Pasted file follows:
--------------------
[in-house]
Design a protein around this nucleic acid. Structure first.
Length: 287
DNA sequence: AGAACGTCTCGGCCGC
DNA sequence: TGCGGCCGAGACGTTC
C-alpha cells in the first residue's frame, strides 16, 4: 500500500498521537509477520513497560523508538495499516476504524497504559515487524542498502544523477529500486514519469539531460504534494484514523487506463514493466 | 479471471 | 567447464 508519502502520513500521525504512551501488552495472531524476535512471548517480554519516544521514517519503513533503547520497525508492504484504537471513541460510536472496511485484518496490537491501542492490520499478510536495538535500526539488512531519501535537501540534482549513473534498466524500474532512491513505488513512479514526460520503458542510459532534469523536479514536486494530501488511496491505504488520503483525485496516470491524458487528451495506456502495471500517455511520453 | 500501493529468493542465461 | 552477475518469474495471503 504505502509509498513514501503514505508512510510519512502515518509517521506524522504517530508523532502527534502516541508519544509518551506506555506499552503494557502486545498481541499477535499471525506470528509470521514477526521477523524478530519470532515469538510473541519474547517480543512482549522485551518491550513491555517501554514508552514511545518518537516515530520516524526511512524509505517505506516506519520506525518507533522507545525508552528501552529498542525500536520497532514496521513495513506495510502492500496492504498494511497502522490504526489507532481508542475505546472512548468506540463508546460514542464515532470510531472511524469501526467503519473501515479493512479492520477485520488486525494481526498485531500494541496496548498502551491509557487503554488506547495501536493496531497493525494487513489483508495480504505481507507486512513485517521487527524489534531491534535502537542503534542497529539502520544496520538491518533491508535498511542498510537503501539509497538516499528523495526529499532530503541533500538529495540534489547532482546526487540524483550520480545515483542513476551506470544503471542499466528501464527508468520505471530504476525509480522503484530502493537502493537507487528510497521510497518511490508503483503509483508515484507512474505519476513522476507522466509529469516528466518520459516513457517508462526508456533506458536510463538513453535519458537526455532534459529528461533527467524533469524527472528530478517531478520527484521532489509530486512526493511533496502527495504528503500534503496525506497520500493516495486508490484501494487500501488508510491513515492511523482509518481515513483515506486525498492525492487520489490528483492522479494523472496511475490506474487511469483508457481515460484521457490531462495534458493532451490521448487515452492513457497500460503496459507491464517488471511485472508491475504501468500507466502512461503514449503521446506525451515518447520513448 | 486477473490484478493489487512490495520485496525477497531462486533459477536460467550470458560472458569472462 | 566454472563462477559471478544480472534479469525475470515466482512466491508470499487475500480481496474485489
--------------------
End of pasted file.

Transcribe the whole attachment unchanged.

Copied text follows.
[in-house]
Design a protein around this nucleic acid. Structure first.
Length: 287
DNA sequence: AGAACGTCTCGGCCGC
DNA sequence: TGCGGCCGAGACGTTC
C-alpha cells in the first residue's frame, strides 16, 4: 500500500498521537509477520513497560523508538495499516476504524497504559515487524542498502544523477529500486514519469539531460504534494484514523487506463514493466 | 479471471 | 567447464 508519502502520513500521525504512551501488552495472531524476535512471548517480554519516544521514517519503513533503547520497525508492504484504537471513541460510536472496511485484518496490537491501542492490520499478510536495538535500526539488512531519501535537501540534482549513473534498466524500474532512491513505488513512479514526460520503458542510459532534469523536479514536486494530501488511496491505504488520503483525485496516470491524458487528451495506456502495471500517455511520453 | 500501493529468493542465461 | 552477475518469474495471503 504505502509509498513514501503514505508512510510519512502515518509517521506524522504517530508523532502527534502516541508519544509518551506506555506499552503494557502486545498481541499477535499471525506470528509470521514477526521477523524478530519470532515469538510473541519474547517480543512482549522485551518491550513491555517501554514508552514511545518518537516515530520516524526511512524509505517505506516506519520506525518507533522507545525508552528501552529498542525500536520497532514496521513495513506495510502492500496492504498494511497502522490504526489507532481508542475505546472512548468506540463508546460514542464515532470510531472511524469501526467503519473501515479493512479492520477485520488486525494481526498485531500494541496496548498502551491509557487503554488506547495501536493496531497493525494487513489483508495480504505481507507486512513485517521487527524489534531491534535502537542503534542497529539502520544496520538491518533491508535498511542498510537503501539509497538516499528523495526529499532530503541533500538529495540534489547532482546526487540524483550520480545515483542513476551506470544503471542499466528501464527508468520505471530504476525509480522503484530502493537502493537507487528510497521510497518511490508503483503509483508515484507512474505519476513522476507522466509529469516528466518520459516513457517508462526508456533506458536510463538513453535519458537526455532534459529528461533527467524533469524527472528530478517531478520527484521532489509530486512526493511533496502527495504528503500534503496525506497520500493516495486508490484501494487500501488508510491513515492511523482509518481515513483515506486525498492525492487520489490528483492522479494523472496511475490506474487511469483508457481515460484521457490531462495534458493532451490521448487515452492513457497500460503496459507491464517488471511485472508491475504501468500507466502512461503514449503521446506525451515518447520513448 | 486477473490484478493489487512490495520485496525477497531462486533459477536460467550470458560472458569472462 | 566454472563462477559471478544480472534479469525475470515466482512466491508470499487475500480481496474485489